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When it comes to marketing the final season of Game of Thrones, HBO has largely shied away from showing any actual footage from the show. It’s only opted for a single trailer and a handful of clips over revealing anything more than the two plot points it already has, and like Avengers: Endgame, there’s a larger focus on what’s led to this moment.
For HBO, that’s also come with the arrival of its For the Throne campaign, which asks fans “How far will you go” for the Iron Throne, and over several weeks, it’s rolled out in stages. First, HBO had fans recreate iconic show props. Then it launched a large-scale blood drive in a partnership with the American Red Cross and asked fans to literally bleed for the throne, a rollout that didn’t come without its own set of controversies.
Now, it’s sending fans on a quest around the world to find one of six thrones with a countdown attached to it that will end around April 2 at 11:59pm ET. To date, two of the six Iron Thrones have been revealed, and each release includes three hour-long videos that show the throne at dawn, daytime, and dusk.
The quest is reminiscent of the very unofficial global scavenger hunt to locate a Bill Cipher statue that appeared in Disney’s animated series Gravity Falls in 2016 except fans have a lot less to work with this time around. We see the Iron Throne in a series of 360-degree videos posted online by HBO, but there are few clues as to where those videos are filmed.
The first video puts the Iron Throne in a forest surrounded by moss-covered rocks—one of which appears to have a spiral pattern often used by the children of the forest and the White Walkers. “Find it amongst the children of the forest,” one video caption reads. In a subsequent post, the Game of Thrones Twitter account urged fans to “put together the puzzle pieces to go find this Godswood.”
On Wednesday morning, Sky Atlantic—which airs Game of Thrones in the U.K.—revealed that the first throne had been discovered in Puzzlewood, which is part of the Forest of Dean and located in Gloucestershire, U.K. Puzzlewood is described as a “unique and atmospheric ancient woodland that conjures up thoughts of magic, dragons and unicorns” and has been used as a filming location in multiple films and shows including Star Wars: The Force Awakens and Doctor Who—although not Game of Thrones itself.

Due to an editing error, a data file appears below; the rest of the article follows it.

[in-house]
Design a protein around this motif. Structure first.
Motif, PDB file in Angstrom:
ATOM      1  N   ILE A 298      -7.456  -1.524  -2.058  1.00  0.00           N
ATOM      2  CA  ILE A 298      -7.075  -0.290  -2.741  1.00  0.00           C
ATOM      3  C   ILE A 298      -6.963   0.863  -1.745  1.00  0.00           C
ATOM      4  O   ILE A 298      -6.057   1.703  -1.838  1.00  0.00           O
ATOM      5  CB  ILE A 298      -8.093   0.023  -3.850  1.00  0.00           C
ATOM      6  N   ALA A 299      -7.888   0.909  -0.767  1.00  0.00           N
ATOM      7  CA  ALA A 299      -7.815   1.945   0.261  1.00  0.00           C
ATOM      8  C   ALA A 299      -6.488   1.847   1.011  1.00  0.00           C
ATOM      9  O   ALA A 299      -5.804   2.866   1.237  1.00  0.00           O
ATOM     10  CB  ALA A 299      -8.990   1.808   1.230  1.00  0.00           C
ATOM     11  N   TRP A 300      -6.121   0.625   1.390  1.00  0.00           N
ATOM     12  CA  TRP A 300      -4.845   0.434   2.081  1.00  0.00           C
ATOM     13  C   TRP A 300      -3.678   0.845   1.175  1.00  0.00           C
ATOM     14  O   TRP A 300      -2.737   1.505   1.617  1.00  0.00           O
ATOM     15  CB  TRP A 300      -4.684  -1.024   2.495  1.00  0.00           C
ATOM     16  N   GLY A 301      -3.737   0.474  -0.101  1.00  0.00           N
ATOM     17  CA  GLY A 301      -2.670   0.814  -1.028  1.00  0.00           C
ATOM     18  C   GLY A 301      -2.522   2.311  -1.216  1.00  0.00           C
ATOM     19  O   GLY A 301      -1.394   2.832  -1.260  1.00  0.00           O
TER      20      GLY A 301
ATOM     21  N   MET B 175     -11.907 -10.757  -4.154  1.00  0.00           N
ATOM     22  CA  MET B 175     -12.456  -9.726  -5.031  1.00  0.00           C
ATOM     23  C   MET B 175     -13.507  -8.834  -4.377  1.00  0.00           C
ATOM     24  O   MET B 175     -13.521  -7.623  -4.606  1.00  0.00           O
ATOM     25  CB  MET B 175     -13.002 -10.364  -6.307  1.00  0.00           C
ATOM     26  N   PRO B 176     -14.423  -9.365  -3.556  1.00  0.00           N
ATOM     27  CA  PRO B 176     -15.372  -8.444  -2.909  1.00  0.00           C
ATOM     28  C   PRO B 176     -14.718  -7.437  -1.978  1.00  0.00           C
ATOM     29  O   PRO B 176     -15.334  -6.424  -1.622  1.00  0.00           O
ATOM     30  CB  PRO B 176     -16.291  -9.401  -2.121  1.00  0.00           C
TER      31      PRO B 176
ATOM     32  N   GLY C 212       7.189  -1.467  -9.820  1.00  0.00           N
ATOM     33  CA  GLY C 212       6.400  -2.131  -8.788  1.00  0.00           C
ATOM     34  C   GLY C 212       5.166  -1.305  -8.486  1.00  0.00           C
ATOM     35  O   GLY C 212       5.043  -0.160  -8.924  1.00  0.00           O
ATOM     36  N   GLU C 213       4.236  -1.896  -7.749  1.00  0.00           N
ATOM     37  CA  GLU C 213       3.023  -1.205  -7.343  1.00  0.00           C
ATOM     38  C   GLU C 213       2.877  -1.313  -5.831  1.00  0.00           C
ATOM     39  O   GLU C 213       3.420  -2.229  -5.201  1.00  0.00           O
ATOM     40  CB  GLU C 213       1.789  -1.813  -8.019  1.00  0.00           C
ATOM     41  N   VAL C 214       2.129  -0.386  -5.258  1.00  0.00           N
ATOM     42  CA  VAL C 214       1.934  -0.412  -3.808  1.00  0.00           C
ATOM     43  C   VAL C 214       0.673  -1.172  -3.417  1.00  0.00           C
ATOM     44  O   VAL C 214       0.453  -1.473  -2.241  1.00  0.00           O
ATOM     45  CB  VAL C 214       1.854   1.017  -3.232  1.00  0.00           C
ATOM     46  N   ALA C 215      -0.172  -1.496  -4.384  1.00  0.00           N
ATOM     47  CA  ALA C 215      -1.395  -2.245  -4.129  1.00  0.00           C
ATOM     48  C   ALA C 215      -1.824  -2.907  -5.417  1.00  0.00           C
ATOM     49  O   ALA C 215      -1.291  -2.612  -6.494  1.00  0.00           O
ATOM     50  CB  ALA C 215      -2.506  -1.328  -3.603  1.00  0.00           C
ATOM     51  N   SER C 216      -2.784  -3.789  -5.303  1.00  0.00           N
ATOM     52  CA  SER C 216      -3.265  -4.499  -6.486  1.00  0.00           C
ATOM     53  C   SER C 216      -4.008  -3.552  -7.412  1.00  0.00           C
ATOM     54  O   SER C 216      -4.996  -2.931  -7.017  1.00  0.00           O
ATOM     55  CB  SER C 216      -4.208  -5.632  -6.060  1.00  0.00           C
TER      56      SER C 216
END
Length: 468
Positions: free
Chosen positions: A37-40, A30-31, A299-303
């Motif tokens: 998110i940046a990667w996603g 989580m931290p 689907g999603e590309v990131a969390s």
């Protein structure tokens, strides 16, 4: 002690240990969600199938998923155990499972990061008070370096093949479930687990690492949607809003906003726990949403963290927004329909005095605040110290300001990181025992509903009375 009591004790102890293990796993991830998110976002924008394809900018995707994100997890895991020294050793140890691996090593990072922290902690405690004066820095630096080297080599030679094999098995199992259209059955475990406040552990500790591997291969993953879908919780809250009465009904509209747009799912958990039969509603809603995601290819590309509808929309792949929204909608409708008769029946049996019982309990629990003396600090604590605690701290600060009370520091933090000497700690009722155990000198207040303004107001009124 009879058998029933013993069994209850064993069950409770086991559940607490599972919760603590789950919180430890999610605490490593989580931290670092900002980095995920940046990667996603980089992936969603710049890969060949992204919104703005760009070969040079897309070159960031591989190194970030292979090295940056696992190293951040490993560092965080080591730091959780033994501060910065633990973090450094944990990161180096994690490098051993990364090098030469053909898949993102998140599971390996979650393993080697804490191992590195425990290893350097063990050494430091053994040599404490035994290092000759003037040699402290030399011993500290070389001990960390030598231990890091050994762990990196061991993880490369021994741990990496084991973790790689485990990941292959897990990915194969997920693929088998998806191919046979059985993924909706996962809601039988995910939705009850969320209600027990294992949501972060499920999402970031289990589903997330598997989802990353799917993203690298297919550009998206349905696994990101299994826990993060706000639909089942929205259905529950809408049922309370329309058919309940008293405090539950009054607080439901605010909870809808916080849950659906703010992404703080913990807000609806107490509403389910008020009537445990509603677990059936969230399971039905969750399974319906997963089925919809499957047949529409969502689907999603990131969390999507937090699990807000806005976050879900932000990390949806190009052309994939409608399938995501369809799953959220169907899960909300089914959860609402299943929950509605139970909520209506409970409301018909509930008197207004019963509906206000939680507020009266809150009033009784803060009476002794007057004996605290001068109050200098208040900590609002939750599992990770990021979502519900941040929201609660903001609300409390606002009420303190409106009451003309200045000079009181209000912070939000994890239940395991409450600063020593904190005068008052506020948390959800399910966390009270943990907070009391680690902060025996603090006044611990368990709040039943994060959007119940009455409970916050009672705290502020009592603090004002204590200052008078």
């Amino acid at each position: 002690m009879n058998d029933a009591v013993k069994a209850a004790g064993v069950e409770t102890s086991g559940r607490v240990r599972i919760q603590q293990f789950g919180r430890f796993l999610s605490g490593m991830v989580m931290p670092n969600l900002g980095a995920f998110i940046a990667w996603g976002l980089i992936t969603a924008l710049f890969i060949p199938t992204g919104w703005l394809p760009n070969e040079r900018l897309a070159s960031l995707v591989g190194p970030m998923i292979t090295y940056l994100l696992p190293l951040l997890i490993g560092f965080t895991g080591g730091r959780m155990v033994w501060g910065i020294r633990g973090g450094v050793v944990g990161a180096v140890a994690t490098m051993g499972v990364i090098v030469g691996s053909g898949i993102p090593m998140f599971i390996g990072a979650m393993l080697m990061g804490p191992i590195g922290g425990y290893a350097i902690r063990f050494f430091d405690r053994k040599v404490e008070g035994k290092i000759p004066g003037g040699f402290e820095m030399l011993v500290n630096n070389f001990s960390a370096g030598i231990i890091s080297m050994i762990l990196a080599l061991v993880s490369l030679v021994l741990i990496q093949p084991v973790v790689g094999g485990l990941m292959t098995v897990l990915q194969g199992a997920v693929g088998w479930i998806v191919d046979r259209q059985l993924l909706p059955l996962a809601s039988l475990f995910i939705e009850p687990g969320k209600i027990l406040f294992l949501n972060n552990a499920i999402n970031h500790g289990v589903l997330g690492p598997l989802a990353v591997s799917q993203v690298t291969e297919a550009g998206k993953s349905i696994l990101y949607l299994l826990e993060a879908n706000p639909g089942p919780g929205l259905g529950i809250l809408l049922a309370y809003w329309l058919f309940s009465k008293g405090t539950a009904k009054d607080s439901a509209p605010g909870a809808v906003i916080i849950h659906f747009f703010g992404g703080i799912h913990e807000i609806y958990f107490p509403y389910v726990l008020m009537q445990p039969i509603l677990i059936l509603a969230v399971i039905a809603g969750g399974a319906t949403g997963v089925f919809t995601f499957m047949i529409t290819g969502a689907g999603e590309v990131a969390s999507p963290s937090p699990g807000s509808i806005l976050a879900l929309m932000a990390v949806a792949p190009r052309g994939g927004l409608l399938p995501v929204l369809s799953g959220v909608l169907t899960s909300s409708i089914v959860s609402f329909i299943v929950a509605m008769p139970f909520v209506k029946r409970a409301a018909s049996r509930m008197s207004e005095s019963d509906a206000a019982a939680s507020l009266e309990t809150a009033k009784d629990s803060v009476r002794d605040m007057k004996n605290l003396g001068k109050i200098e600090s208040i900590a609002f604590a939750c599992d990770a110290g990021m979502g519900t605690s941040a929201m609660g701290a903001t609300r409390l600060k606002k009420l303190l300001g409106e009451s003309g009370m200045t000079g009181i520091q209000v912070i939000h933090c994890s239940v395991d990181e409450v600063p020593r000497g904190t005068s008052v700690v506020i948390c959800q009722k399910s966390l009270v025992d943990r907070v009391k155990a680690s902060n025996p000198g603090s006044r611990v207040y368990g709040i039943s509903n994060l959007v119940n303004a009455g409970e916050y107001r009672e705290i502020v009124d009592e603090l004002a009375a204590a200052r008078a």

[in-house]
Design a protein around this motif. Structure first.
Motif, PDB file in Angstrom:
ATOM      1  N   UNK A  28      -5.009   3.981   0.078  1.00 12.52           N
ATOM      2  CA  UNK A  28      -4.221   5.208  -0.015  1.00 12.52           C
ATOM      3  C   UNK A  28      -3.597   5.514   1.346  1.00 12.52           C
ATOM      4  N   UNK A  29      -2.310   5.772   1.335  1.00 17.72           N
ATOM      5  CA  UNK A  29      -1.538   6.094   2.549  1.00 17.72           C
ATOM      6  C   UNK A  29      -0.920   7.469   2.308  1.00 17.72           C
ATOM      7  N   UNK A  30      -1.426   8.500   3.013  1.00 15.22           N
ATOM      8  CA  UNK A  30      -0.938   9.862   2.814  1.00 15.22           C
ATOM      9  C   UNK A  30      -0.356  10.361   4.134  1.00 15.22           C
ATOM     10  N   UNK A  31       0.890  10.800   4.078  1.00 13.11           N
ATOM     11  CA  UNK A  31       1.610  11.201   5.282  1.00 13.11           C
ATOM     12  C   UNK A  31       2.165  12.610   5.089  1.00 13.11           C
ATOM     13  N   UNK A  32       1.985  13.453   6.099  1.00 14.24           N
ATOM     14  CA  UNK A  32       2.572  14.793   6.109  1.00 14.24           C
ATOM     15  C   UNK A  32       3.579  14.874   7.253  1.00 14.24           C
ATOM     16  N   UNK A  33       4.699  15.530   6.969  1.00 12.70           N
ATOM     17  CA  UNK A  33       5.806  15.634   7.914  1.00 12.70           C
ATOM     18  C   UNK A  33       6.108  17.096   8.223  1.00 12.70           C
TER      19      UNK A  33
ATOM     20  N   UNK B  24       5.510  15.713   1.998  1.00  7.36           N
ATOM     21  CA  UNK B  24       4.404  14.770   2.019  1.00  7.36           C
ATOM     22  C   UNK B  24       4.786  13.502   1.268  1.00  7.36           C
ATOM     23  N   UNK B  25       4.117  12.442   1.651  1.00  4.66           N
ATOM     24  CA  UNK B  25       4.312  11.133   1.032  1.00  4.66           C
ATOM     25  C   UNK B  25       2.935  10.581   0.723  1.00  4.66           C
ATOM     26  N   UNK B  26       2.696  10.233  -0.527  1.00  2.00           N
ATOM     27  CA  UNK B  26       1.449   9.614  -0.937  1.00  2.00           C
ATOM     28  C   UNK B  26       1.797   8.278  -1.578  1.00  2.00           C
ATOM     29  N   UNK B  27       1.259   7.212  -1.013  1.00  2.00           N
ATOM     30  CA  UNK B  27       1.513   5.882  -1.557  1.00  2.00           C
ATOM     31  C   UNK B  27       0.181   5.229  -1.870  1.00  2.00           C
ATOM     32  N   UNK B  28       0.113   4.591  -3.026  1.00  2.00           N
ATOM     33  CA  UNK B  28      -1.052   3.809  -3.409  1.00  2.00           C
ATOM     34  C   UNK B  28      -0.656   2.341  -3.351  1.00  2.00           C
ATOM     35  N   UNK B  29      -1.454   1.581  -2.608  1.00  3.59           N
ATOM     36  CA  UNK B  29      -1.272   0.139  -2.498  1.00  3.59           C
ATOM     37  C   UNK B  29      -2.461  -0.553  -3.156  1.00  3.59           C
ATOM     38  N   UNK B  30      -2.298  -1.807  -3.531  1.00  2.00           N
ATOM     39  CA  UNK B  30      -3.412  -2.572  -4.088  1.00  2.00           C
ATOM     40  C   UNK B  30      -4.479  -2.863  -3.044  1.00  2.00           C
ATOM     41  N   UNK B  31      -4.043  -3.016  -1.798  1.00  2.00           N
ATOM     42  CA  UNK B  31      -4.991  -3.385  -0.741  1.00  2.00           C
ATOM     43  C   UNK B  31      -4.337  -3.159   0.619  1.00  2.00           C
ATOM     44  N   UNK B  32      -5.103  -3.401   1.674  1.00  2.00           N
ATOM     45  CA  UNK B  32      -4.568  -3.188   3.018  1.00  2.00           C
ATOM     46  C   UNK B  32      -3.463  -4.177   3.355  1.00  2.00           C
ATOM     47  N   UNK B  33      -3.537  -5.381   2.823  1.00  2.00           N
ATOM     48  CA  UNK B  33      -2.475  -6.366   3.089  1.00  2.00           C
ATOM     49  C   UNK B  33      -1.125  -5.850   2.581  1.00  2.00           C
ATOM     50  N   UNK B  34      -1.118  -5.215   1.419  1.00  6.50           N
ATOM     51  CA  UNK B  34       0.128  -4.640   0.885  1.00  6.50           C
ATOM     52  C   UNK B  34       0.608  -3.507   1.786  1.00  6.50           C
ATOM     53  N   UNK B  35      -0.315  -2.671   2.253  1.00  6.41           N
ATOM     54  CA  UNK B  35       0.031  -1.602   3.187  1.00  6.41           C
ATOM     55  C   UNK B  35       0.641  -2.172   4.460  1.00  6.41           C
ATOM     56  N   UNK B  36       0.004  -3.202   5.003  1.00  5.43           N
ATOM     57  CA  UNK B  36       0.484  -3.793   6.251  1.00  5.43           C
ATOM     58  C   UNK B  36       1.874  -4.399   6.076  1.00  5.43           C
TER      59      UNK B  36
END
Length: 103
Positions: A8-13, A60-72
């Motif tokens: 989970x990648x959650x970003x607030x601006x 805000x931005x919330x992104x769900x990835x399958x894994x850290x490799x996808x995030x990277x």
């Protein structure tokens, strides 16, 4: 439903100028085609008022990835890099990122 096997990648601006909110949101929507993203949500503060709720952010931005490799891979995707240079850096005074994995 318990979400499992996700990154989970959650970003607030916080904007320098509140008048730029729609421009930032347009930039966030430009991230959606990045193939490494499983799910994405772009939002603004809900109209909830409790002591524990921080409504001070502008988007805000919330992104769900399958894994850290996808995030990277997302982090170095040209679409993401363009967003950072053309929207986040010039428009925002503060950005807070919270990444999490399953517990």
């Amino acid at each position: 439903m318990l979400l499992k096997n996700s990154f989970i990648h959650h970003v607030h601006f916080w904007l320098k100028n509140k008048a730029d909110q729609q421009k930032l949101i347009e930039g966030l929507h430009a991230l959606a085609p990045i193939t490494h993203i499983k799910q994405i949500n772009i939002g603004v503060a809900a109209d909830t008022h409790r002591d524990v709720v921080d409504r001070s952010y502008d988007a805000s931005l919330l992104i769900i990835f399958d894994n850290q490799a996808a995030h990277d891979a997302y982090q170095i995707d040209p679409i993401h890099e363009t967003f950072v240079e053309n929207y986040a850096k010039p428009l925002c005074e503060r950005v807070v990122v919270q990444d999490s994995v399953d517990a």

The second video, which went live Wednesday morning, places the Iron Throne far north with nothing but snow for miles; while mountains loom in the distance, they’re small in stature. The dusk video is so dark that the throne itself is barely visible even under the Northern Lights. “You will find it under the lights of the north,” one caption reads.
There could be a couple of possible things to narrow this down. If you believe that it’s supposed to invoke filming locations, Iceland might be a possibility. The first location didn’t pan out—some initially believed that it was placed in Tollymore Forest in Northern Ireland, which is home to three season 1 filming locations.
Or we might want to look at where Game of Thrones airs (and who airs it) for clues. The first throne was located in the U.K. and revealed by Sky Atlantic. The second throne in the north might end up being located in a region covered by HBO’s northern affiliate, HBO Nordic. HBO Nordic’s region includes Norway, Sweden, Finland, and Denmark. If that’s more of an indicator, that would rule out Iceland, which isn’t covered by HBO Nordic (and airs on Stöð 2 instead).
In the next 13 days, HBO is planning to reveal the locations of four more Iron Thrones, and as the throne appears to land near them, fans will dig even deeper for clues. For those who participate, it’ll add to the thrill of the chase, but it also highlights a possible snag on the entire campaign. HBO’s marketing remains focused on the throne even as the show turns to a fight between the living and the dead, but who’s to say that when all is said and done, there will even be a throne to fight over?
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Michelle Jaworski is a staff writer and the resident Game of Thrones expert at the Daily Dot. She covers entertainment, geek culture, and pop culture and has brought her knowledge to conventions like Con of Thrones. She is based in New Jersey.